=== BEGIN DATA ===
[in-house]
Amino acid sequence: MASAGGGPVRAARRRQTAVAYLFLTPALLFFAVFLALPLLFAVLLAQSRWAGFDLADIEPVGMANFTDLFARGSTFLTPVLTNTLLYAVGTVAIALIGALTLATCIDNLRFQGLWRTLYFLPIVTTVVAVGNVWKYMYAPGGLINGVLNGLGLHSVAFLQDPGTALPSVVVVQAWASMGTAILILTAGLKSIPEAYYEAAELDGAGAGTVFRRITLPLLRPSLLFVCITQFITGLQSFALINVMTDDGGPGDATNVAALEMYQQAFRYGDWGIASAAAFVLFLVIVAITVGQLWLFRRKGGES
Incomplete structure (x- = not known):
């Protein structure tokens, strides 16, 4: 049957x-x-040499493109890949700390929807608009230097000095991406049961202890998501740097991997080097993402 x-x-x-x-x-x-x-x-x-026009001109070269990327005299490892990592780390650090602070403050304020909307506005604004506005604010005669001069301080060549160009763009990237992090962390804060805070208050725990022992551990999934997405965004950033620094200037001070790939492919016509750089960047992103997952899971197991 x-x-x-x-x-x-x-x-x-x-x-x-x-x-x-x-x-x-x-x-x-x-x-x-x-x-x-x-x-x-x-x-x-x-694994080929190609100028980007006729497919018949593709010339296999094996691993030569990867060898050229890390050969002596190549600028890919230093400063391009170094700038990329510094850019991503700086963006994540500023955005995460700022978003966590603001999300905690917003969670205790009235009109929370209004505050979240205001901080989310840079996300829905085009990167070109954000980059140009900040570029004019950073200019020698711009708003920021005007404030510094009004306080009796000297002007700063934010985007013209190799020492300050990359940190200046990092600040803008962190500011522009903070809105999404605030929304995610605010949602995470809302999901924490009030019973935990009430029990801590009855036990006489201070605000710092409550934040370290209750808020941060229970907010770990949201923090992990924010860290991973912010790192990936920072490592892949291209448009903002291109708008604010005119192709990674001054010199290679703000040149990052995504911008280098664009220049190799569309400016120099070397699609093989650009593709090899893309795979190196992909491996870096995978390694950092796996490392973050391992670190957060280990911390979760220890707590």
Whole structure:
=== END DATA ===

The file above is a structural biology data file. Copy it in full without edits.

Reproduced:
[in-house]
Amino acid sequence: MASAGGGPVRAARRRQTAVAYLFLTPALLFFAVFLALPLLFAVLLAQSRWAGFDLADIEPVGMANFTDLFARGSTFLTPVLTNTLLYAVGTVAIALIGALTLATCIDNLRFQGLWRTLYFLPIVTTVVAVGNVWKYMYAPGGLINGVLNGLGLHSVAFLQDPGTALPSVVVVQAWASMGTAILILTAGLKSIPEAYYEAAELDGAGAGTVFRRITLPLLRPSLLFVCITQFITGLQSFALINVMTDDGGPGDATNVAALEMYQQAFRYGDWGIASAAAFVLFLVIVAITVGQLWLFRRKGGES
Incomplete structure (x- = not known):
């Protein structure tokens, strides 16, 4: 049957x-x-040499493109890949700390929807608009230097000095991406049961202890998501740097991997080097993402 x-x-x-x-x-x-x-x-x-026009001109070269990327005299490892990592780390650090602070403050304020909307506005604004506005604010005669001069301080060549160009763009990237992090962390804060805070208050725990022992551990999934997405965004950033620094200037001070790939492919016509750089960047992103997952899971197991 x-x-x-x-x-x-x-x-x-x-x-x-x-x-x-x-x-x-x-x-x-x-x-x-x-x-x-x-x-x-x-x-x-x-694994080929190609100028980007006729497919018949593709010339296999094996691993030569990867060898050229890390050969002596190549600028890919230093400063391009170094700038990329510094850019991503700086963006994540500023955005995460700022978003966590603001999300905690917003969670205790009235009109929370209004505050979240205001901080989310840079996300829905085009990167070109954000980059140009900040570029004019950073200019020698711009708003920021005007404030510094009004306080009796000297002007700063934010985007013209190799020492300050990359940190200046990092600040803008962190500011522009903070809105999404605030929304995610605010949602995470809302999901924490009030019973935990009430029990801590009855036990006489201070605000710092409550934040370290209750808020941060229970907010770990949201923090992990924010860290991973912010790192990936920072490592892949291209448009903002291109708008604010005119192709990674001054010199290679703000040149990052995504911008280098664009220049190799569309400016120099070397699609093989650009593709090899893309795979190196992909491996870096995978390694950092796996490392973050391992670190957060280990911390979760220890707590």
Whole structure: